When the 1940s dawned, many in the euthanasia movement believed it was only a matter of time before euthanasia became legal in the United States. The 1930s had been marked by a flurry of encouraging events, from headline-grabbing mercy killings to the founding of the Euthanasia Society of America and England's Voluntary Euthanasia Legislation Society.
But euthanasia advocates were in for a surprise. At the very time they were lobbying to get a voluntary euthanasia bill introduced into the New York State legislature, the ground beneath them began to shift seismically. World War II broke out, and as Hitler's war machine marched eastward across Europe in late 1939, news of Nazi atrocities against mental patients and handicapped children filtered back to America. Euthanasia defenders in the United States discovered to their horror that many Americans associated their movement with these murders. For a group that prided itself on its liberalism, humanitarianism, and progressive views, the stigma of Nazism was particularly embarrassing.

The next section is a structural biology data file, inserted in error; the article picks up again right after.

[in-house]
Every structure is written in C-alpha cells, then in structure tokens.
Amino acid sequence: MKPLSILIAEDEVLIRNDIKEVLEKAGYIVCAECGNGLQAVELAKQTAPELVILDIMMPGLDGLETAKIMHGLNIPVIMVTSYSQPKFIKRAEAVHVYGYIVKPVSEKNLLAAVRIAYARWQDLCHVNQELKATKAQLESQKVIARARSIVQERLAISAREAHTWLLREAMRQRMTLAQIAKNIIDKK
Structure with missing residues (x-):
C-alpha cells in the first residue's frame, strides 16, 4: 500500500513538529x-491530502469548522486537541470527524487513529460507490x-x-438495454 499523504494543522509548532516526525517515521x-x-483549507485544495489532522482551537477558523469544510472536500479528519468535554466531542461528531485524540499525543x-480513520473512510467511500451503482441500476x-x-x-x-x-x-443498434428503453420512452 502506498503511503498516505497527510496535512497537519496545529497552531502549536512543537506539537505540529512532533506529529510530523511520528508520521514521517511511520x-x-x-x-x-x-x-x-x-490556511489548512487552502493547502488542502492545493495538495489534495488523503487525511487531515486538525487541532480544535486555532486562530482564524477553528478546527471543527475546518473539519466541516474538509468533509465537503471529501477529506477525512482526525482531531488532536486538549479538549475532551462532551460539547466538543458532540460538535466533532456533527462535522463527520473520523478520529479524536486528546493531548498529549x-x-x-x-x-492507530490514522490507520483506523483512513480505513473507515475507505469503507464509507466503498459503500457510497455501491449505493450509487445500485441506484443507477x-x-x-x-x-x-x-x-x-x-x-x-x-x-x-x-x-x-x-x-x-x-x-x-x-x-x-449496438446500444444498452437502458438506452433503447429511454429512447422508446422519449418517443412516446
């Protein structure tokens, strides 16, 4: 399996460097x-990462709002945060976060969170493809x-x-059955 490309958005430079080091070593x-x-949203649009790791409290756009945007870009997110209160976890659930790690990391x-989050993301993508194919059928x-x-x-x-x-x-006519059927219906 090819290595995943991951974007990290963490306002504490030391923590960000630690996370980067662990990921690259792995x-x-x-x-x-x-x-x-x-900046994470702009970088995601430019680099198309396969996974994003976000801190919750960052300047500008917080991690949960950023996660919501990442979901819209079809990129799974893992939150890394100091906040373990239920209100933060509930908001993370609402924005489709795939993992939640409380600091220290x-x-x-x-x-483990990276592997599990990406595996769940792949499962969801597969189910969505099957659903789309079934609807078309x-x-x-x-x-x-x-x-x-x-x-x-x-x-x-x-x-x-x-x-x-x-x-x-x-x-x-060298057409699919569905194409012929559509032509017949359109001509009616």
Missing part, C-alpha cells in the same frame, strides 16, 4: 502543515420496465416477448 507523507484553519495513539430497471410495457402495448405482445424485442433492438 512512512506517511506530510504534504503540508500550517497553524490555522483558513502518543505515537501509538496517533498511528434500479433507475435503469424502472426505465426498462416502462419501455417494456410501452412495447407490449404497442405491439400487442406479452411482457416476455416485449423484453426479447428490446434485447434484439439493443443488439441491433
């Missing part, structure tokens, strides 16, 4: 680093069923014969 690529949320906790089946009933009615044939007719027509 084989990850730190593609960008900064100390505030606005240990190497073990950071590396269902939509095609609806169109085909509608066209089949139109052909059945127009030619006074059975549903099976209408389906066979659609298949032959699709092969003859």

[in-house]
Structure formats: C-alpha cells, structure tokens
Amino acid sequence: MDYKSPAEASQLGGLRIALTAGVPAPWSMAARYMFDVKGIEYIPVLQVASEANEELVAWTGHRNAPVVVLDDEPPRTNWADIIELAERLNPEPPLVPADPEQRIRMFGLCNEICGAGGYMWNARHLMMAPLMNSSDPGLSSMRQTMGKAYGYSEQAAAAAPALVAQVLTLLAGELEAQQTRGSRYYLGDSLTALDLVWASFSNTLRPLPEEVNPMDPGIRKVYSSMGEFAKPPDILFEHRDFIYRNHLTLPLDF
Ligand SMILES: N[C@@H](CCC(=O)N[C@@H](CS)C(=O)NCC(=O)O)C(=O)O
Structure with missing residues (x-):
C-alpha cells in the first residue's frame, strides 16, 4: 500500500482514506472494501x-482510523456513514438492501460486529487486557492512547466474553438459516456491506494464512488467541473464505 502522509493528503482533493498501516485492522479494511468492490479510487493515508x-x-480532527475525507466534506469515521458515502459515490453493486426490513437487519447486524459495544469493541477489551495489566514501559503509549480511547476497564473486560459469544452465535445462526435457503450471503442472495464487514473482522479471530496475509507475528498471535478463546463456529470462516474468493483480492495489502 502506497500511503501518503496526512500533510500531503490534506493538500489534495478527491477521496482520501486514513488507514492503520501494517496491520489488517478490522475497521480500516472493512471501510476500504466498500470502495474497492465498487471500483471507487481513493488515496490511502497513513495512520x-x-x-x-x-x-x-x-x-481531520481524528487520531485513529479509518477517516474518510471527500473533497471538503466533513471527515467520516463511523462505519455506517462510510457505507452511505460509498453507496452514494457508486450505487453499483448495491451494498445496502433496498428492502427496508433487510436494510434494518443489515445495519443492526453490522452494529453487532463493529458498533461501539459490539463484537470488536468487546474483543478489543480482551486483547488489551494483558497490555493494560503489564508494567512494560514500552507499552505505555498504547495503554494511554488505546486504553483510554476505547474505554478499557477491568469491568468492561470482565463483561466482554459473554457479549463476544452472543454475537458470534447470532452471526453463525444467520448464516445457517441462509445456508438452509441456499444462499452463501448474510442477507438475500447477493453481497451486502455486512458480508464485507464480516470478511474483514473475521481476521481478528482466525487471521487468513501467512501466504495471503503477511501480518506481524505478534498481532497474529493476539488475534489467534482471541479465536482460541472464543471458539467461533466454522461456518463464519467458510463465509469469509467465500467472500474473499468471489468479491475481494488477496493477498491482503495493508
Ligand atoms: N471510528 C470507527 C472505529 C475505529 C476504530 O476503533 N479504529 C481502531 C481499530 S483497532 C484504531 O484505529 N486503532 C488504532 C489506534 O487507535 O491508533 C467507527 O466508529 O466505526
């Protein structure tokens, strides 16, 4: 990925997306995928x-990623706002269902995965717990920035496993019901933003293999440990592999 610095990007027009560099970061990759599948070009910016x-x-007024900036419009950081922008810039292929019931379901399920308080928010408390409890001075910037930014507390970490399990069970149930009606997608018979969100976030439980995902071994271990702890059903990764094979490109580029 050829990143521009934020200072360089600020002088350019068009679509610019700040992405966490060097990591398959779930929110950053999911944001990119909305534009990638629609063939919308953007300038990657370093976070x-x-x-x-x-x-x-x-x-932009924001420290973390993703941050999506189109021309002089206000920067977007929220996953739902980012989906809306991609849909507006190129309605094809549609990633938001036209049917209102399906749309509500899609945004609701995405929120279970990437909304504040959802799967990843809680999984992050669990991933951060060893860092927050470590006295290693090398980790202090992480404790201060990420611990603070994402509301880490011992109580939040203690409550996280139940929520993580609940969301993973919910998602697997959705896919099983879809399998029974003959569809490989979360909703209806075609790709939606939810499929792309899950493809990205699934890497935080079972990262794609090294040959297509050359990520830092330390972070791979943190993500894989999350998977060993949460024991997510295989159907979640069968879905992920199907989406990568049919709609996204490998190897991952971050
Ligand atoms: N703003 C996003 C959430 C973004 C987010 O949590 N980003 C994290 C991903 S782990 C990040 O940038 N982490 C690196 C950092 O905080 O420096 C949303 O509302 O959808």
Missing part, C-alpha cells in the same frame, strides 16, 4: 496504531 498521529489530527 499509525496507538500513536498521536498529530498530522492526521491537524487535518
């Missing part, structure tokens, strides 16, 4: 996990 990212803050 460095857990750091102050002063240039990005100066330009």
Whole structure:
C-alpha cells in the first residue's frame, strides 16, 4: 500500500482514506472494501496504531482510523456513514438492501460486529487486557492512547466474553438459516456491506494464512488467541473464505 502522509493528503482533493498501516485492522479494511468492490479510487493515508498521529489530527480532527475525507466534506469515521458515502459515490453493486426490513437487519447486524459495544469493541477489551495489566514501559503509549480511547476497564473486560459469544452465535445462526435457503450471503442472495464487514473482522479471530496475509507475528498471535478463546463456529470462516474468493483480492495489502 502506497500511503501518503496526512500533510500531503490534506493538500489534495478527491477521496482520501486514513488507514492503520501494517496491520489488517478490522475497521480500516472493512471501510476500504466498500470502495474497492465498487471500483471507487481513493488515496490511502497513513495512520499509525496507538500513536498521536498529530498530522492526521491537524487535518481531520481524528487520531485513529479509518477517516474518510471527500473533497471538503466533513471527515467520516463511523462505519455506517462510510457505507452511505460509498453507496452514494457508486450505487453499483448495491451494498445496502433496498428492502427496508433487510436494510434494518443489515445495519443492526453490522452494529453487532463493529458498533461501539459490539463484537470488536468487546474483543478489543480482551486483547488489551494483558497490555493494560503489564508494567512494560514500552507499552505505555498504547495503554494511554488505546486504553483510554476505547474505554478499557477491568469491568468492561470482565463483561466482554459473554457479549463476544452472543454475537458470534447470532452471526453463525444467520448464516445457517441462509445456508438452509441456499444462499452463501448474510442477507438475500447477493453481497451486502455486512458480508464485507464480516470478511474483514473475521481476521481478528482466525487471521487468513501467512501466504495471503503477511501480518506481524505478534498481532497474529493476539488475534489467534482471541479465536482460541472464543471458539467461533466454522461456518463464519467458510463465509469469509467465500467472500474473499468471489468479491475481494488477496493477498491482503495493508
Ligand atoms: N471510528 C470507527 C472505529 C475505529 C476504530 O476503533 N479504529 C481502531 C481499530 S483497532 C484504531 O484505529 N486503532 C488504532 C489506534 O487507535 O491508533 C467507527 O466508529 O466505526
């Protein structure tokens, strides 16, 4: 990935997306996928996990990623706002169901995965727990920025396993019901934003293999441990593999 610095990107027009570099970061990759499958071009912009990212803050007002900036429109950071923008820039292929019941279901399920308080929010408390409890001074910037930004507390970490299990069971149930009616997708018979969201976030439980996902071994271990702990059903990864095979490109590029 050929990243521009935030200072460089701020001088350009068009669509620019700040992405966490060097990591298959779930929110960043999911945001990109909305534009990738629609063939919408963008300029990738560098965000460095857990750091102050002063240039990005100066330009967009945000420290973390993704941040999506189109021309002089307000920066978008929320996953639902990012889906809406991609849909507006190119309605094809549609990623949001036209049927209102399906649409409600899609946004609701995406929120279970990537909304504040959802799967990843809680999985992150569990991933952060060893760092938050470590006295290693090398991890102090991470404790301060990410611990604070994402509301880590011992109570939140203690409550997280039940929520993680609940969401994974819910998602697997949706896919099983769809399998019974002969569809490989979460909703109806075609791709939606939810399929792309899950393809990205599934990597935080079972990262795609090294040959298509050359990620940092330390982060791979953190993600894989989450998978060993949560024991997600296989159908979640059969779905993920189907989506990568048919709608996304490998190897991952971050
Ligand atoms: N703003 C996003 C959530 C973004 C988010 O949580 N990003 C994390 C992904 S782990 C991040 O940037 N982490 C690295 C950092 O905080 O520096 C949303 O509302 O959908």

Initially caught off guard, euthanasia proponents in America over